I need to calculate the genus of the Fermat Curve, and I'd like to be reviewed on what I have done so far; I'm not secure of my argumentation.

Such curve is defined as the zero locus $$X=\{[x:y:z]\in\mathbb{P}^2:x^d+y^d+z^d=0\}$$ It is defined by the homogeneous polynomial $F(x,y,z)=x^d+y^d+z^d$ which is obviously non-singular, therefore $X$ is a smooth projective plane curve. Now, I consider the projection $$ \begin{array}{cccc} \pi:&X&\longrightarrow&\mathbb{P}^1\\ &[x:y:z]&\longmapsto&[x:y] \end{array} $$ which is a well-defined holomorphic function. I need to calculate $\pi$'s degree, and for this I must calculate the sum of the multiplicities of the set $\{p:p\in\pi^{-1}(y)\}$, for any $y$ in $\pi(X)$; since the degree is constant, any such $y$ will do.

We note that, from Miranda's Riemann Surfaces and Algebraic Curves' Lemma 4.6 at page 46, that $\pi$ has a branch point at $p\in X$ if and only if $\frac{\partial F}{\partial z}(p)=0$

Having this in mind, to calculate the degree, I chose $[1:0]\in\mathbb{P}^1$; and for this one, $$\pi^{-1}([1:0])=\{[1:0:z]:1+z^d=0\}$$ Now I can see clearly that $|\pi^{-1}([1:0])|=d$ (the d-th roots of $-1$), and each one has multiplicity 1 (because they are not ramification points, as the above mentioned lemma states); therefore the degree of $\pi$ is $d$.

Now from the above Lemma again, the ramification points of $\pi$ are those that $z=0$, that is, the points $\{[x:y:0]\in\mathbb{P}^2:x^d+y^d=0\}$ In homogeneous coordinates those points are of the form $[1:y:0]$, where $y$ is a d-th roots of $-1$ and from this we conclude that $\pi$ has $d$ points of ramification, and those are $$ \left[ 1:e^{\dfrac{2\pi i k}{d}}:0\right] $$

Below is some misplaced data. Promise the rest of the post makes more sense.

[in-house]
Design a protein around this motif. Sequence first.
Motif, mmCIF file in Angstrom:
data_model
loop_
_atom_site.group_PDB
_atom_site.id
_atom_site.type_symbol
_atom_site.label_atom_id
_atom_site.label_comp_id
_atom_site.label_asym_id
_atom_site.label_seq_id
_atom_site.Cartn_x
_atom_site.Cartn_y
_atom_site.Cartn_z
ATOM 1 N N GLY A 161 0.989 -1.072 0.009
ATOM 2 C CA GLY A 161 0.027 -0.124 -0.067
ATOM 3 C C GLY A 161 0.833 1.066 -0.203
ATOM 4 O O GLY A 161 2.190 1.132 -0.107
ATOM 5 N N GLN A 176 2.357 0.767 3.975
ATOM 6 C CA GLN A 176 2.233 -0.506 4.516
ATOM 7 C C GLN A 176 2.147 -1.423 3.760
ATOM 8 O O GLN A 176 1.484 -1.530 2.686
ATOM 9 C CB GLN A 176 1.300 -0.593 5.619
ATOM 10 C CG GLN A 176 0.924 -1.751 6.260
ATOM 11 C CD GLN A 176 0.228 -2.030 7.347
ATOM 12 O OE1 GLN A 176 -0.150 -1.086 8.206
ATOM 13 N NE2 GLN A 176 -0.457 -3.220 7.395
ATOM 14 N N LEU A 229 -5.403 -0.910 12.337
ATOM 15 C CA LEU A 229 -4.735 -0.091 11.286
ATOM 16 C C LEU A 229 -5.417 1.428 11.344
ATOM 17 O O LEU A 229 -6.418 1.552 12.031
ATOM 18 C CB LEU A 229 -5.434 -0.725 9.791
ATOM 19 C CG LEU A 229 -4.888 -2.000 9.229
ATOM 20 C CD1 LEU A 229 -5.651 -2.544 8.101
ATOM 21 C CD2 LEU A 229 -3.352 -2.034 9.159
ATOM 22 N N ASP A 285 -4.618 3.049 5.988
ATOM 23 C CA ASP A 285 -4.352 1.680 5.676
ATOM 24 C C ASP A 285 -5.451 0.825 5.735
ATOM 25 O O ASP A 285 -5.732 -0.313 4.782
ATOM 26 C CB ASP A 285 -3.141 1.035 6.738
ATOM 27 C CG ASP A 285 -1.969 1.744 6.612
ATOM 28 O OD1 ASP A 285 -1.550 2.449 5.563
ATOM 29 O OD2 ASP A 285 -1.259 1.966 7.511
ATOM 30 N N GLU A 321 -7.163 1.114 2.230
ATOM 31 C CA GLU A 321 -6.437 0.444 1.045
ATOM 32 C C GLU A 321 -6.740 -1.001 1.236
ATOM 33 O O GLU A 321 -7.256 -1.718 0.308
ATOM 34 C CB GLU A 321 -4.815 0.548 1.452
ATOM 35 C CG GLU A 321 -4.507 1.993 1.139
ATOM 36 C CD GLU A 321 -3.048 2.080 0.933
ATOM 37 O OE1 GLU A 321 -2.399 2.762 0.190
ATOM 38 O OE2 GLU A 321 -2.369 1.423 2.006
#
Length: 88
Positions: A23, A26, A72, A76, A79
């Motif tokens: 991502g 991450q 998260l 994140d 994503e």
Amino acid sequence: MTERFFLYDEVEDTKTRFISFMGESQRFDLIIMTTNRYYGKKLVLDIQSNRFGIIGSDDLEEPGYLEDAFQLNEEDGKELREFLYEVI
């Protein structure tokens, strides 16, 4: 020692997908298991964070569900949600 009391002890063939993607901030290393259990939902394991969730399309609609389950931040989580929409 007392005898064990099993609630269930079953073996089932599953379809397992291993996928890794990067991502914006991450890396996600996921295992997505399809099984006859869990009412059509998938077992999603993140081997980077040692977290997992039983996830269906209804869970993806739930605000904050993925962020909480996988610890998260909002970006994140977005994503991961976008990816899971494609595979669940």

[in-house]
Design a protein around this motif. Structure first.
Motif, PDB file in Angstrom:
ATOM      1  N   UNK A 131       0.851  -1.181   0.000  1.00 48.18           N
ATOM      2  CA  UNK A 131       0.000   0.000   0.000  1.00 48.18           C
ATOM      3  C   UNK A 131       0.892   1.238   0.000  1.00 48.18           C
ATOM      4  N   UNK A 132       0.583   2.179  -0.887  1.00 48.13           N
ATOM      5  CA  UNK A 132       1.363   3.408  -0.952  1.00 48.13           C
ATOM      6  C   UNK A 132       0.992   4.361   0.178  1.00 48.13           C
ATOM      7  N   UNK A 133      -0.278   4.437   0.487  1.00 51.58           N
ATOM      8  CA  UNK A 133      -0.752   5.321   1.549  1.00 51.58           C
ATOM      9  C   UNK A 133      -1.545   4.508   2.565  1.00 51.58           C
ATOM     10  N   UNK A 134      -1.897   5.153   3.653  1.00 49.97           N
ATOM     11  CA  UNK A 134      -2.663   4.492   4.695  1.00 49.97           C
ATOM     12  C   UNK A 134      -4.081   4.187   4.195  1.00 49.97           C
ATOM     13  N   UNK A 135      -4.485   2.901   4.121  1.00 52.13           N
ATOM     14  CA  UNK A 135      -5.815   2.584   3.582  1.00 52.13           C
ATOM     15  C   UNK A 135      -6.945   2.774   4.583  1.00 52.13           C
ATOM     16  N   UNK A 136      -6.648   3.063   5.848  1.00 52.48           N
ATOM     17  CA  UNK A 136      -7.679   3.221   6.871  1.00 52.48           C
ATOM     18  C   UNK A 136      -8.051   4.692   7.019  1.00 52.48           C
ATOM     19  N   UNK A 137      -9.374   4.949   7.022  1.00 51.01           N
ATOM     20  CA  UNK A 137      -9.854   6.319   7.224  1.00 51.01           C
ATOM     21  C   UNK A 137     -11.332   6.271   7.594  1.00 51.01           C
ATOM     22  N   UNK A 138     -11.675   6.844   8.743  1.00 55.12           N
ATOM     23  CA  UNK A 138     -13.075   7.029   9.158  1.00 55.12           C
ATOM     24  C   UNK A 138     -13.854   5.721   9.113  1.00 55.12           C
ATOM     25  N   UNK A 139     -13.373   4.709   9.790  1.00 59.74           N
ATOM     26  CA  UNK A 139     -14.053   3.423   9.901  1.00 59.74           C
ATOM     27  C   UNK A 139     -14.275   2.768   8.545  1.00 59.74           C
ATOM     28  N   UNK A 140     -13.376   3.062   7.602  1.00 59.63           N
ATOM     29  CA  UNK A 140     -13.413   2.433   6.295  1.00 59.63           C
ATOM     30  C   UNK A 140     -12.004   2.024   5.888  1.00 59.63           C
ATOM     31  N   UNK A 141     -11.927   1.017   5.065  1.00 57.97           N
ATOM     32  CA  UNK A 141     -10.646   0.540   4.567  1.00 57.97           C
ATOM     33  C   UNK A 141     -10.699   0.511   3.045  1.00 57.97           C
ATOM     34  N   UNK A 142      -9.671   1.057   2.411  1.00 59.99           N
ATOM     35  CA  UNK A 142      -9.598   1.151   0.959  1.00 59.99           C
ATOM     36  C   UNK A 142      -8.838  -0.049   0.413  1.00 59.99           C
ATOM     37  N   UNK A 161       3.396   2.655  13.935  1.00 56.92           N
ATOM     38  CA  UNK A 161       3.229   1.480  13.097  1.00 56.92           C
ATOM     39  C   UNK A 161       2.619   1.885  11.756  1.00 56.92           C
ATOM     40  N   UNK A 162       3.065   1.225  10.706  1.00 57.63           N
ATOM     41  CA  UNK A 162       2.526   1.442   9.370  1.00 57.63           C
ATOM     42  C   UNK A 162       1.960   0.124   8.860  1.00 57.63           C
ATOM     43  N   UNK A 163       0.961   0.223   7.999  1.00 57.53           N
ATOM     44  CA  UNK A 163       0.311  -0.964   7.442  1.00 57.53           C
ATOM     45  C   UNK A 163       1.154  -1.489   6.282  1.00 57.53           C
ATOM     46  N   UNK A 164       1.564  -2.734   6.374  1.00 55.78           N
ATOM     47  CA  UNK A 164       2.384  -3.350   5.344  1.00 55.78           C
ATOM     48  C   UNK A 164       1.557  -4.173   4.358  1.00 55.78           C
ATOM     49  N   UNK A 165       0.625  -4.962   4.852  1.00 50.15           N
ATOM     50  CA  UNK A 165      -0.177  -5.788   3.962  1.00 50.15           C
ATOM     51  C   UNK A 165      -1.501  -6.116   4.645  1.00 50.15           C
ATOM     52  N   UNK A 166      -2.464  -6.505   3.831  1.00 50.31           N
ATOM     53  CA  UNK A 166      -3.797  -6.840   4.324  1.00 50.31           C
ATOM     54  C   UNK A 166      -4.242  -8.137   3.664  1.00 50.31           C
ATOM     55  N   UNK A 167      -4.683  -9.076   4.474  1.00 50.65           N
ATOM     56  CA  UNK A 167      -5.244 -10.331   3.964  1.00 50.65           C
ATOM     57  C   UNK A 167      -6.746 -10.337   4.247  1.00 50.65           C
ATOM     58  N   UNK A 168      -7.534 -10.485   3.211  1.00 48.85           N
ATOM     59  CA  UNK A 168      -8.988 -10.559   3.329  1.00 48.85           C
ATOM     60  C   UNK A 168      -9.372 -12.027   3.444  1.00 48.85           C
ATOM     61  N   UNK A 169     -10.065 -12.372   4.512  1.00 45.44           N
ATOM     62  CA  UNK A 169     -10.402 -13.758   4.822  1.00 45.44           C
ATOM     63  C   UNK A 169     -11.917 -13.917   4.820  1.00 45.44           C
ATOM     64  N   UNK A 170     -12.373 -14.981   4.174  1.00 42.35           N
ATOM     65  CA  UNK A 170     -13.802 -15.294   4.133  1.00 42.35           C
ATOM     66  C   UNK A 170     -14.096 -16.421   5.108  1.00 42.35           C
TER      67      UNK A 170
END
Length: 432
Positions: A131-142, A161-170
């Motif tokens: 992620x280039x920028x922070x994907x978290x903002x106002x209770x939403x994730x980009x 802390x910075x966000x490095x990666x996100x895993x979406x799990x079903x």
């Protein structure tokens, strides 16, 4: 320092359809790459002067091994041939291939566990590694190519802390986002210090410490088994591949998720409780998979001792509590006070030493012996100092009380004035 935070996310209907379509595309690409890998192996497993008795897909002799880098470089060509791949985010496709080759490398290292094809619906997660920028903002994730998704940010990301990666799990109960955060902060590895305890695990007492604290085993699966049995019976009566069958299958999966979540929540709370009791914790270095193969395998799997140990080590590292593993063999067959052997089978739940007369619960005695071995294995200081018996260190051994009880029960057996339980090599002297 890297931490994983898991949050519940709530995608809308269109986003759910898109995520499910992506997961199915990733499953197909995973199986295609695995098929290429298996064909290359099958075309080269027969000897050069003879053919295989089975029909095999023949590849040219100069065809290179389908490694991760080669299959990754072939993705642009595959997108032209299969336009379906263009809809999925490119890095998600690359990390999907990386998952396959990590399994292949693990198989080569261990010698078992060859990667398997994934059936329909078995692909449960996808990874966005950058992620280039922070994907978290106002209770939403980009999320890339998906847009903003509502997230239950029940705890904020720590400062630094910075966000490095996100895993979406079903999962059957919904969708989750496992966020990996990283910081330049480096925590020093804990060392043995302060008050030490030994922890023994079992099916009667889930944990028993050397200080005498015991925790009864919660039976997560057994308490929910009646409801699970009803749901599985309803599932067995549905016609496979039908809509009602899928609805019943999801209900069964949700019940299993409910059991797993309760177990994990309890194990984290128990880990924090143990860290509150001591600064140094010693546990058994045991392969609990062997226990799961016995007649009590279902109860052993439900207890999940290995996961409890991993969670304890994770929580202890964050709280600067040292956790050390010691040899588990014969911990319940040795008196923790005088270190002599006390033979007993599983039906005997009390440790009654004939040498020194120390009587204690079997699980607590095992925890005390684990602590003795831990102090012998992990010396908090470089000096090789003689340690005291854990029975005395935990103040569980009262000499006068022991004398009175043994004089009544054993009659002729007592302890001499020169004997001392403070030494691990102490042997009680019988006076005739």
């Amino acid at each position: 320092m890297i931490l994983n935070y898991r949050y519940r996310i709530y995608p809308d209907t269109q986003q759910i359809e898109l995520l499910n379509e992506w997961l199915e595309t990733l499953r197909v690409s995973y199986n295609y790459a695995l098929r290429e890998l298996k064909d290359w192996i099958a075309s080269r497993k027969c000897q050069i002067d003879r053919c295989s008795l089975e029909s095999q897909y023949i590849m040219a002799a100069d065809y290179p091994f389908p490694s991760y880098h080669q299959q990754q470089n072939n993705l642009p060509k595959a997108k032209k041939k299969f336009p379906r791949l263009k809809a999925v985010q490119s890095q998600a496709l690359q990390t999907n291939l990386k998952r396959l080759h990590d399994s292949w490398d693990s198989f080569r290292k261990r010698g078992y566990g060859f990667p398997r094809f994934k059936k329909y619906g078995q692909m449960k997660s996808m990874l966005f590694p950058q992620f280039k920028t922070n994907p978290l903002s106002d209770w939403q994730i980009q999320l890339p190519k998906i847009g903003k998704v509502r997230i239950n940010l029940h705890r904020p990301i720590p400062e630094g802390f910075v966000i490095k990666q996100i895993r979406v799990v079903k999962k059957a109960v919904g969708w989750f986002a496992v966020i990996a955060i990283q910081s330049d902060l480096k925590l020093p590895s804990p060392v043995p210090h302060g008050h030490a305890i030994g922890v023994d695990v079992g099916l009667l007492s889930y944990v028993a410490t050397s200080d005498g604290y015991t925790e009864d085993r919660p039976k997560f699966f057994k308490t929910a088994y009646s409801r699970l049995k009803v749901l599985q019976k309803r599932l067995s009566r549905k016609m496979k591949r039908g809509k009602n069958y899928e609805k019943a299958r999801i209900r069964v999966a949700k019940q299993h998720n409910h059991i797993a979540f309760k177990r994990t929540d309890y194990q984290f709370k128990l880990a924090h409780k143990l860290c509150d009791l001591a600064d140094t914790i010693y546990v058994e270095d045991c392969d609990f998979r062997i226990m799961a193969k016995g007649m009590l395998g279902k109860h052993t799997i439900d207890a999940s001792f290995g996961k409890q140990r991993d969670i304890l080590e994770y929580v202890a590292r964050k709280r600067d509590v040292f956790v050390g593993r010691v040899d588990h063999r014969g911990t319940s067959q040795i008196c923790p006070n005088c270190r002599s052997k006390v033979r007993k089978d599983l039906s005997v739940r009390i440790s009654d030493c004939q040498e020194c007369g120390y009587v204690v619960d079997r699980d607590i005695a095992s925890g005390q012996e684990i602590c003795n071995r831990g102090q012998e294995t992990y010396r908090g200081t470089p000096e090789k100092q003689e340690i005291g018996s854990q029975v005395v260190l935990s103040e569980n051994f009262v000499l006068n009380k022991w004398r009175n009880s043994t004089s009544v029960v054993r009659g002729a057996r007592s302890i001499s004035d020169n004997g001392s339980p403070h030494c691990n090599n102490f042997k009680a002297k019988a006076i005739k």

To calculate the multiplicity of each one of these points I used the following argument, which I'm not sure if it is correct: for a point $[x:y]\in\mathbb{P}^1$ such that $x^d+y^d=0$, $\pi^{-1}([x:y])=\{[x:y:0]\}$ and therefore $|\pi^{-1}([x:y])|=1$. Since the degree of $\pi$ is $d$, $d$ is also the multiplicity of every point of ramification of $\pi$.

What follows noy is applying Hurwitz's formula (and noting that $g(\mathbb{P}^1)=0$ and a very easy calculation to conclude that $g(x)=\dfrac{(d-1)(d-2)}{2}$.

Now I must apologize for the long, long text, but I will be much grateful for any correction made in my argumentation!

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    $\begingroup$ Why the downvote? There's research effort, I believe it is quite clear and also very useful question. $\endgroup$
    – Marra
    Commented Apr 26, 2013 at 21:47

2 Answers 2


When you discuss ramification points of $\pi$, the equation should be $x^d + y^d = 0$, not $x^d + y^d = 1$.

Also, whenever you wrote about $d$th roots of unity, you needed the $d$th roots of $-1$.

The rest seems right. Yes, the number of preimages of the ramification points is all that you need in order to apply Hurwitz's formula, it is not necessary to find the degree of each preimage.

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    $\begingroup$ When I meant $x^d+y^d=1$ it was a mistake of mine, I really meant $x^d+y^d=0$. I have edited the mistake about the roots of $-1$. Also, didn't you mean that I don't have to find the multiplicity (instead of degree) of every preimage of the ramification point? Thanks for the answer! I spent a lot of time and effort on this! :) $\endgroup$
    – Marra
    Commented Apr 26, 2013 at 22:22

Another approach to calculate the multiplicities is to use Lemma 4.4 (page 45). We calculate the multiplicities of the points $[\alpha:1:0]$ and show they are $d$.

First we need a local representation of $F$ near $[\alpha:1:0]$. In the patch where $y\neq 0$, this corresponds to $(\alpha, 0)$ in $\mathbb C^2$ (with coordinates $x, z$), cut out by $x^d+1+z^d=0$. The $z$ partial vanishes at $(\alpha, 0)$ so by implicit function theorem, the chart near $(\alpha, 0)$ is projection to the $z$ axis, and there is a holomorphic function $g(z)$ with the inverse to projection is $z \mapsto (g(z),z)$. The map $F$ on the patch $y\neq 0$ sends $(x, z)$ to $x$. So the local representation of $F$ is $z \mapsto g(z)$.

Now we need to calculate the order of vanishing of $g'$ at $0$. We have $g(z)^d+1+z^d=0$ so after differentiating and manipulating, $$ g(z)^{d-1} \cdot g'(z) = -z^{d-1}. $$ Notice $g'(0)=0$ because $g(0)=\alpha$. It follows the order of vanishing of $g'$ at $0$ is $d-1$. Hence the multiplicity is $d$.


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